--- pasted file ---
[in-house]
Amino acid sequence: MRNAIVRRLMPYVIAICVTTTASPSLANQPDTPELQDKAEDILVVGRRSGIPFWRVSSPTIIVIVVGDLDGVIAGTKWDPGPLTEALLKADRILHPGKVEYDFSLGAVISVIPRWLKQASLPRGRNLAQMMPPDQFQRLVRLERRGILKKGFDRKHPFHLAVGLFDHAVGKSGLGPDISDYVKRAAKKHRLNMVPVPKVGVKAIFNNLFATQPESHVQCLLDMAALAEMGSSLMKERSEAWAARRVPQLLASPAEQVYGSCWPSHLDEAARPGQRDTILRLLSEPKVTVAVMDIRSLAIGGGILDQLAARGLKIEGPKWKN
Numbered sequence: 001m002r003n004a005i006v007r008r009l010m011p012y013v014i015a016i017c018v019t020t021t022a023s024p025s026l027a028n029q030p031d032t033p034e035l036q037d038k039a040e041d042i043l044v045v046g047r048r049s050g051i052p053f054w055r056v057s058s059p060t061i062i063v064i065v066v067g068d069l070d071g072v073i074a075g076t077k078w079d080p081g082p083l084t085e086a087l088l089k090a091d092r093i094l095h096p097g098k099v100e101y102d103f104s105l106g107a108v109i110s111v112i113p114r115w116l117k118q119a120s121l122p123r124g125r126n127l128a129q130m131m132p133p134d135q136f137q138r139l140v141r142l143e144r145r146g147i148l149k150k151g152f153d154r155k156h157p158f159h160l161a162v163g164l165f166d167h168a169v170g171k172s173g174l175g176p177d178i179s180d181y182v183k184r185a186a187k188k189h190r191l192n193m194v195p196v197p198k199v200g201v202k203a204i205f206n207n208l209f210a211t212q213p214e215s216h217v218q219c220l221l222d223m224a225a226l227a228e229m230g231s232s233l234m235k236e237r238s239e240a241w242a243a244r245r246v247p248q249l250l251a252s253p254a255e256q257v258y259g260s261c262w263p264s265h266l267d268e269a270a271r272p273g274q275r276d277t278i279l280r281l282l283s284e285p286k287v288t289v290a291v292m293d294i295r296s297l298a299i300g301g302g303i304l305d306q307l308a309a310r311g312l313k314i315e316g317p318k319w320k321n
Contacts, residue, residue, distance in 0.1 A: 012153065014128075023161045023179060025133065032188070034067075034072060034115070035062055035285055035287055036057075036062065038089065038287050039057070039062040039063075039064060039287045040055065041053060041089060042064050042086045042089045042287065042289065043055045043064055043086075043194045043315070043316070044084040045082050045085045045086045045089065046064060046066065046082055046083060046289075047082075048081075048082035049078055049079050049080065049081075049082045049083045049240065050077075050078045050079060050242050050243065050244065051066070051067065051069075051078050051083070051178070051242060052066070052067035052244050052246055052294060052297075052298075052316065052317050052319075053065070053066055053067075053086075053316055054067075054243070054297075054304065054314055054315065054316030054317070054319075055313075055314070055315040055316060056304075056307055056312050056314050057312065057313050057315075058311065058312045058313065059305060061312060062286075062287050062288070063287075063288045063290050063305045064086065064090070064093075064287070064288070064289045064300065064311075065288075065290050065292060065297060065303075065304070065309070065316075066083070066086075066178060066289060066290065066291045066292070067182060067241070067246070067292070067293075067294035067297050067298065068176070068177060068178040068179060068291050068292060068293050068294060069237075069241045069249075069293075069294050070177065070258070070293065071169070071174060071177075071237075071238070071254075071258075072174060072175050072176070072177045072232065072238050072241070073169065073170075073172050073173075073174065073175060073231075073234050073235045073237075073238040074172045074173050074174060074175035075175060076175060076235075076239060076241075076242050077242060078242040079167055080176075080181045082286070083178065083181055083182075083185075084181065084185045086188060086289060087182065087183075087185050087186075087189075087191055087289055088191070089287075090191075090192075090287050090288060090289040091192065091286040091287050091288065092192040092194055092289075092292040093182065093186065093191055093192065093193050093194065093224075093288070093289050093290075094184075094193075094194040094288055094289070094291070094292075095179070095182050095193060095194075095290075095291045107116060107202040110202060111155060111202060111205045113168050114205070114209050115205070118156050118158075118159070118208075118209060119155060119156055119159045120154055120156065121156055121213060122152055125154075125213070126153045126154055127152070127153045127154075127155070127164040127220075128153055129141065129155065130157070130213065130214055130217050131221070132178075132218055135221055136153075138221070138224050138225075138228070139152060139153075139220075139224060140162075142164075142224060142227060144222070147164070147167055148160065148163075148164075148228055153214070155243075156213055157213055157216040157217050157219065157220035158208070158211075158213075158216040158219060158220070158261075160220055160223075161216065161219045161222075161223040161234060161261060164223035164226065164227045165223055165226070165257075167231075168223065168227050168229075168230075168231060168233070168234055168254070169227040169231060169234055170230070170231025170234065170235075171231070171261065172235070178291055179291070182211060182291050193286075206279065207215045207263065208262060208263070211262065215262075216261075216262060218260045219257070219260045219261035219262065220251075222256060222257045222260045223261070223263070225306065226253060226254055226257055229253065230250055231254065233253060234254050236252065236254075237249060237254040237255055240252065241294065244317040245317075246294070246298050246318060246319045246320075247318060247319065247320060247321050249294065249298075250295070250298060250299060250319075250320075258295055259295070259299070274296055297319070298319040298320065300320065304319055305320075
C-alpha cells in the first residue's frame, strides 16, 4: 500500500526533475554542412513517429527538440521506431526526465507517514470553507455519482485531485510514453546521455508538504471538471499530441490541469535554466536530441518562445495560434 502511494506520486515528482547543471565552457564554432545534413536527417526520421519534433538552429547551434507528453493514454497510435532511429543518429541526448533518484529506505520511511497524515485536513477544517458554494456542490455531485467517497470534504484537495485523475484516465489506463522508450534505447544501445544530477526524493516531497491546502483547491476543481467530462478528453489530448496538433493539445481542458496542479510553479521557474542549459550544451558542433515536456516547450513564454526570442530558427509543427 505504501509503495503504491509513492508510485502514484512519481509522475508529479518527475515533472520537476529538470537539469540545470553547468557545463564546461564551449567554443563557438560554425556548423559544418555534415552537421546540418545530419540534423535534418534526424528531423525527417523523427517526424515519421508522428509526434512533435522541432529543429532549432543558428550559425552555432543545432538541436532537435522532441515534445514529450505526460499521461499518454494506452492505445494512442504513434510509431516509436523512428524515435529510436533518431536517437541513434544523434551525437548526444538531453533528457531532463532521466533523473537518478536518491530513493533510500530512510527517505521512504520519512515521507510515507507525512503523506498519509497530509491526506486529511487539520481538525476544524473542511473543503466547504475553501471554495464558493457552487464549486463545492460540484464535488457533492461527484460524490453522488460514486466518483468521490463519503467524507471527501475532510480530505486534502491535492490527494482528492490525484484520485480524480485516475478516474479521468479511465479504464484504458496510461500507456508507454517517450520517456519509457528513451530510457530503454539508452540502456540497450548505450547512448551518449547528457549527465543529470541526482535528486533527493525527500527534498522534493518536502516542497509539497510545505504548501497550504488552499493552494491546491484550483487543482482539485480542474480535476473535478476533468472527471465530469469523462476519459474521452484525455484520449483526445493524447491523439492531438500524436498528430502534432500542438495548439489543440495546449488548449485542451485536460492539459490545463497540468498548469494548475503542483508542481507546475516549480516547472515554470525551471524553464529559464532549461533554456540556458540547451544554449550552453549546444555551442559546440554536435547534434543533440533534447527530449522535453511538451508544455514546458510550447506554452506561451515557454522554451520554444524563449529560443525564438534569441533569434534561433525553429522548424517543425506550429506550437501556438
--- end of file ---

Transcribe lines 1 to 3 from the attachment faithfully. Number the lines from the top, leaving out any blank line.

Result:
[in-house]
Amino acid sequence: MRNAIVRRLMPYVIAICVTTTASPSLANQPDTPELQDKAEDILVVGRRSGIPFWRVSSPTIIVIVVGDLDGVIAGTKWDPGPLTEALLKADRILHPGKVEYDFSLGAVISVIPRWLKQASLPRGRNLAQMMPPDQFQRLVRLERRGILKKGFDRKHPFHLAVGLFDHAVGKSGLGPDISDYVKRAAKKHRLNMVPVPKVGVKAIFNNLFATQPESHVQCLLDMAALAEMGSSLMKERSEAWAARRVPQLLASPAEQVYGSCWPSHLDEAARPGQRDTILRLLSEPKVTVAVMDIRSLAIGGGILDQLAARGLKIEGPKWKN
Numbered sequence: 001m002r003n004a005i006v007r008r009l010m011p012y013v014i015a016i017c018v019t020t021t022a023s024p025s026l027a028n029q030p031d032t033p034e035l036q037d038k039a040e041d042i043l044v045v046g047r048r049s050g051i052p053f054w055r056v057s058s059p060t061i062i063v064i065v066v067g068d069l070d071g072v073i074a075g076t077k078w079d080p081g082p083l084t085e086a087l088l089k090a091d092r093i094l095h096p097g098k099v100e101y102d103f104s105l106g107a108v109i110s111v112i113p114r115w116l117k118q119a120s121l122p123r124g125r126n127l128a129q130m131m132p133p134d135q136f137q138r139l140v141r142l143e144r145r146g147i148l149k150k151g152f153d154r155k156h157p158f159h160l161a162v163g164l165f166d167h168a169v170g171k172s173g174l175g176p177d178i179s180d181y182v183k184r185a186a187k188k189h190r191l192n193m194v195p196v197p198k199v200g201v202k203a204i205f206n207n208l209f210a211t212q213p214e215s216h217v218q219c220l221l222d223m224a225a226l227a228e229m230g231s232s233l234m235k236e237r238s239e240a241w242a243a244r245r246v247p248q249l250l251a252s253p254a255e256q257v258y259g260s261c262w263p264s265h266l267d268e269a270a271r272p273g274q275r276d277t278i279l280r281l282l283s284e285p286k287v288t289v290a291v292m293d294i295r296s297l298a299i300g301g302g303i304l305d306q307l308a309a310r311g312l313k314i315e316g317p318k319w320k321n